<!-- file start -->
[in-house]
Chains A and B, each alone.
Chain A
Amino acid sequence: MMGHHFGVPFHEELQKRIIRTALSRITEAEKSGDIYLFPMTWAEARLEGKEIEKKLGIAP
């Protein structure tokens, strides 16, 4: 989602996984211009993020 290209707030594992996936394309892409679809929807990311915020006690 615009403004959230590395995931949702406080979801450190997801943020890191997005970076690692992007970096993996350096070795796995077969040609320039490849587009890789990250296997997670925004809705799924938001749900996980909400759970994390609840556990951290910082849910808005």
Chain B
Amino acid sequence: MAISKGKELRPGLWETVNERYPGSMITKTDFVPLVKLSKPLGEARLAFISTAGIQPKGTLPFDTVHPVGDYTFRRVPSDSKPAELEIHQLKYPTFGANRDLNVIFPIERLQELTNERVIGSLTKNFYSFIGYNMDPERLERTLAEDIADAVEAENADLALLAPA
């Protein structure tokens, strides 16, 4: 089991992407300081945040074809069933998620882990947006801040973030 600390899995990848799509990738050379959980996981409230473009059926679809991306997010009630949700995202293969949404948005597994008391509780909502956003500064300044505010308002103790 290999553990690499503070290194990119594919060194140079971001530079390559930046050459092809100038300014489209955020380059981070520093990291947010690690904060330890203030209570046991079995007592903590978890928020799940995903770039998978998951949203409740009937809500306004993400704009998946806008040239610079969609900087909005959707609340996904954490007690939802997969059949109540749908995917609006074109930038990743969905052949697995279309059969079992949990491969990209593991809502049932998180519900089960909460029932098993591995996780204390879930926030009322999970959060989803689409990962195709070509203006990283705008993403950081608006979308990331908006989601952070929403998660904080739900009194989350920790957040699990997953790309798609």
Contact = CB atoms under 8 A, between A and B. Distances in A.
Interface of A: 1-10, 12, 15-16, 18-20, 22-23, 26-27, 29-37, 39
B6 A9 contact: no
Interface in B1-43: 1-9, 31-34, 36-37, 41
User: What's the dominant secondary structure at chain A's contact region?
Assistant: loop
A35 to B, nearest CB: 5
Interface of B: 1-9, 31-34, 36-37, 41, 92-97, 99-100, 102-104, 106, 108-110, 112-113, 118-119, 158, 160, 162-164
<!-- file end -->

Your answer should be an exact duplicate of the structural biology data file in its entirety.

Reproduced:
[in-house]
Chains A and B, each alone.
Chain A
Amino acid sequence: MMGHHFGVPFHEELQKRIIRTALSRITEAEKSGDIYLFPMTWAEARLEGKEIEKKLGIAP
């Protein structure tokens, strides 16, 4: 989602996984211009993020 290209707030594992996936394309892409679809929807990311915020006690 615009403004959230590395995931949702406080979801450190997801943020890191997005970076690692992007970096993996350096070795796995077969040609320039490849587009890789990250296997997670925004809705799924938001749900996980909400759970994390609840556990951290910082849910808005």
Chain B
Amino acid sequence: MAISKGKELRPGLWETVNERYPGSMITKTDFVPLVKLSKPLGEARLAFISTAGIQPKGTLPFDTVHPVGDYTFRRVPSDSKPAELEIHQLKYPTFGANRDLNVIFPIERLQELTNERVIGSLTKNFYSFIGYNMDPERLERTLAEDIADAVEAENADLALLAPA
């Protein structure tokens, strides 16, 4: 089991992407300081945040074809069933998620882990947006801040973030 600390899995990848799509990738050379959980996981409230473009059926679809991306997010009630949700995202293969949404948005597994008391509780909502956003500064300044505010308002103790 290999553990690499503070290194990119594919060194140079971001530079390559930046050459092809100038300014489209955020380059981070520093990291947010690690904060330890203030209570046991079995007592903590978890928020799940995903770039998978998951949203409740009937809500306004993400704009998946806008040239610079969609900087909005959707609340996904954490007690939802997969059949109540749908995917609006074109930038990743969905052949697995279309059969079992949990491969990209593991809502049932998180519900089960909460029932098993591995996780204390879930926030009322999970959060989803689409990962195709070509203006990283705008993403950081608006979308990331908006989601952070929403998660904080739900009194989350920790957040699990997953790309798609």
Contact = CB atoms under 8 A, between A and B. Distances in A.
Interface of A: 1-10, 12, 15-16, 18-20, 22-23, 26-27, 29-37, 39
B6 A9 contact: no
Interface in B1-43: 1-9, 31-34, 36-37, 41
User: What's the dominant secondary structure at chain A's contact region?
Assistant: loop
A35 to B, nearest CB: 5
Interface of B: 1-9, 31-34, 36-37, 41, 92-97, 99-100, 102-104, 106, 108-110, 112-113, 118-119, 158, 160, 162-164